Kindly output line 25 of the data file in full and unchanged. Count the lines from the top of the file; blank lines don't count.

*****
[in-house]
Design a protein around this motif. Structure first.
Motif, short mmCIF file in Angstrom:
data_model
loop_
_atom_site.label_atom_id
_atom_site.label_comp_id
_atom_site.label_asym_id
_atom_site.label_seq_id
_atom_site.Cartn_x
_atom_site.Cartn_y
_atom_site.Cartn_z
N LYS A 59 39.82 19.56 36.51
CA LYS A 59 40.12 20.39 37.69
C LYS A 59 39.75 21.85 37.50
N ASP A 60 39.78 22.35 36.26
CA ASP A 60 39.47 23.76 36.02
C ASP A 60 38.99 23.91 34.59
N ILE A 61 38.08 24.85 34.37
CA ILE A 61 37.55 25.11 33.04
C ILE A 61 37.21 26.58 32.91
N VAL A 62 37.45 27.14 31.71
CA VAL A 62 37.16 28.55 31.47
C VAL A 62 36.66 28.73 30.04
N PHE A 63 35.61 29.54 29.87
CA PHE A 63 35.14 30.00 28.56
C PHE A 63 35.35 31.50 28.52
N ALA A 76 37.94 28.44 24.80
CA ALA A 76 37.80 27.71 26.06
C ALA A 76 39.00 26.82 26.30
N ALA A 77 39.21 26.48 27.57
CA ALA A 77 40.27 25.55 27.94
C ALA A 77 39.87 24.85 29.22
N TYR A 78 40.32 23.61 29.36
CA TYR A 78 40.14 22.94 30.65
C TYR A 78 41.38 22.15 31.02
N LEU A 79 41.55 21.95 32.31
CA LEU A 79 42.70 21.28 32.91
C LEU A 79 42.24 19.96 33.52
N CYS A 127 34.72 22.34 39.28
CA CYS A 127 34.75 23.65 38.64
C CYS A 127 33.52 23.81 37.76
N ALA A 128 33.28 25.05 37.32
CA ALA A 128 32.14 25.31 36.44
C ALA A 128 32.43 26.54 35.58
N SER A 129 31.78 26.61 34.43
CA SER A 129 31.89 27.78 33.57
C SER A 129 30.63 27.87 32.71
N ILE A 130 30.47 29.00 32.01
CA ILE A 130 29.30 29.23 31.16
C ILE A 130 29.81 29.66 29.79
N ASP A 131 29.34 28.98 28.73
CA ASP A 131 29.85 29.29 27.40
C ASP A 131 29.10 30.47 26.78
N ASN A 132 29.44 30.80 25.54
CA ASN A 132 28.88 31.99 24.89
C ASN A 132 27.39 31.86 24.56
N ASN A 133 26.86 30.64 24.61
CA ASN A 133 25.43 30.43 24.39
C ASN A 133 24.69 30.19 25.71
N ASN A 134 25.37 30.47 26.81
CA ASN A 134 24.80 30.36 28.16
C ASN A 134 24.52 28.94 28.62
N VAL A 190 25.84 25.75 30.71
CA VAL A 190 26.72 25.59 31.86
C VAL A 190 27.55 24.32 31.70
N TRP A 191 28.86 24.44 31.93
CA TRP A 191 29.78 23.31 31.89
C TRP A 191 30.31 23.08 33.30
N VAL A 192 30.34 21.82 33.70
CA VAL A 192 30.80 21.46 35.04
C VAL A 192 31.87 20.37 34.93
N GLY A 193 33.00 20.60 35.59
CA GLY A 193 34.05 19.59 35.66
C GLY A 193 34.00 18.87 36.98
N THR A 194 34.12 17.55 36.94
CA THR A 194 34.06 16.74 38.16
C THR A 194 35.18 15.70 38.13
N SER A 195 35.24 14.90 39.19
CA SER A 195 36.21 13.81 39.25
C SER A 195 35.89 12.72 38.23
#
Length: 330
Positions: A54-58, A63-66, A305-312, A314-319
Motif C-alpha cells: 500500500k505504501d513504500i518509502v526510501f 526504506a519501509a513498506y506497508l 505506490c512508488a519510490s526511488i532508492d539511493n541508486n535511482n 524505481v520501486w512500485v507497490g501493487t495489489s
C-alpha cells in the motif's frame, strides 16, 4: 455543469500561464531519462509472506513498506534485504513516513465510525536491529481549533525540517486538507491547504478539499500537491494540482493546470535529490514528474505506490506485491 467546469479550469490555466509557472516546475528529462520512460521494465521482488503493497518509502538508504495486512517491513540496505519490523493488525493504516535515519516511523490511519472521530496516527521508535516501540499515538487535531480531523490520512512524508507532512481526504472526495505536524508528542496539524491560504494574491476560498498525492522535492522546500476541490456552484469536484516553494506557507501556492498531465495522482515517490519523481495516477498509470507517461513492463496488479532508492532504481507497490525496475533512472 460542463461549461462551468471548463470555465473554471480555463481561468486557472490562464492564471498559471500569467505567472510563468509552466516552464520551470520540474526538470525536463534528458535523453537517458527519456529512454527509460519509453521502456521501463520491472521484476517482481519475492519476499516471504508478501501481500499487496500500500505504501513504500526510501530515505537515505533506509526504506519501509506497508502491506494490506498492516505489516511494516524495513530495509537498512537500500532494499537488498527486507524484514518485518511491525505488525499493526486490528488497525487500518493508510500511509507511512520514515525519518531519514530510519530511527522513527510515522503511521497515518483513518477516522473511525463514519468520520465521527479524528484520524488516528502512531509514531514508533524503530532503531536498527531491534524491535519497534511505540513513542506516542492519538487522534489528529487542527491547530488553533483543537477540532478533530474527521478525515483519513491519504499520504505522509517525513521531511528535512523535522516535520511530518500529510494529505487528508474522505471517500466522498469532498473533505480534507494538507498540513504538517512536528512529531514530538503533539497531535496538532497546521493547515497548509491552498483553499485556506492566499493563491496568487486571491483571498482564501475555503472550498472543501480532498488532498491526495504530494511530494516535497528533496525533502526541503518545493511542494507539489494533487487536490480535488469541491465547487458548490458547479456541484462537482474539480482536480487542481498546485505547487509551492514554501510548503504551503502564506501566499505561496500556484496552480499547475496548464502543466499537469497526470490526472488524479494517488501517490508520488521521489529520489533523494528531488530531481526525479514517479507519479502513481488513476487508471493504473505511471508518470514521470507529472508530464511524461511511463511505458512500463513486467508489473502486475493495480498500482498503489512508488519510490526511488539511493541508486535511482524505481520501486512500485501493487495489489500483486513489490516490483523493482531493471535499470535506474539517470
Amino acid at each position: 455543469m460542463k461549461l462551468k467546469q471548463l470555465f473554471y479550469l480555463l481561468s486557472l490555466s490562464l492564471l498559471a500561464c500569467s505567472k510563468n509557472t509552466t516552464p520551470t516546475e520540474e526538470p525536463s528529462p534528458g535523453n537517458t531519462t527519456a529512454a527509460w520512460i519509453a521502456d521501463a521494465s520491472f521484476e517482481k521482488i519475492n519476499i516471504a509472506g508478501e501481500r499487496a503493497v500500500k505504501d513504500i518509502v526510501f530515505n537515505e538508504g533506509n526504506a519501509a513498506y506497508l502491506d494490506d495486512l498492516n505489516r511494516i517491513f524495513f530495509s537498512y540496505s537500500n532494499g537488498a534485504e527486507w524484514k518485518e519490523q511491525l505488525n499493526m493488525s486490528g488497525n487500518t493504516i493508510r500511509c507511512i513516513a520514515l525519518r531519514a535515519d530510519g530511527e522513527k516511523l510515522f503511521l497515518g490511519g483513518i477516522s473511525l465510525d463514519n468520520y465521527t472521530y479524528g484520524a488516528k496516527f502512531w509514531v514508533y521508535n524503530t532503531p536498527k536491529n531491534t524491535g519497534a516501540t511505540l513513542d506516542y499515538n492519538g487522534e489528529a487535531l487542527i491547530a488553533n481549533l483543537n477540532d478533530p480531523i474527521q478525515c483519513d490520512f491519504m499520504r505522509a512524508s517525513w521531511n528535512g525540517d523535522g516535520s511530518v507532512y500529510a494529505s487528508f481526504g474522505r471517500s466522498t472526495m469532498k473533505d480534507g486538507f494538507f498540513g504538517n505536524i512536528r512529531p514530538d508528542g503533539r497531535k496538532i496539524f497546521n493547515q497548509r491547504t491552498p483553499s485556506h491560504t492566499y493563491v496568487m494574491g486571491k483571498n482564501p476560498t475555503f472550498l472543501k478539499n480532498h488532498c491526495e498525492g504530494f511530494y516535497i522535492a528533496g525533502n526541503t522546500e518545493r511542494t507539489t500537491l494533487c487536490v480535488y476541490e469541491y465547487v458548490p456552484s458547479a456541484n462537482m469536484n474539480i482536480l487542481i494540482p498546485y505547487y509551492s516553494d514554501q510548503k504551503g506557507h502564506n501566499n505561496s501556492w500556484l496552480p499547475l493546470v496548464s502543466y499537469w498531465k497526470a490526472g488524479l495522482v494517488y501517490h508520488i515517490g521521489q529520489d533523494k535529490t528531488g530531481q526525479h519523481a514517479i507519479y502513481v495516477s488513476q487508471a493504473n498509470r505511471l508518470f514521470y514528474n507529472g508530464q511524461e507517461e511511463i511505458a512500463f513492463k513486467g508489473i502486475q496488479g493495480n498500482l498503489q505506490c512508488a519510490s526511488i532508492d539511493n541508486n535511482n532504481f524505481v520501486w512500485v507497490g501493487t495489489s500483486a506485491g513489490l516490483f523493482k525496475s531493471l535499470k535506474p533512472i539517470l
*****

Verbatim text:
N PHE A 63 35.61 29.54 29.87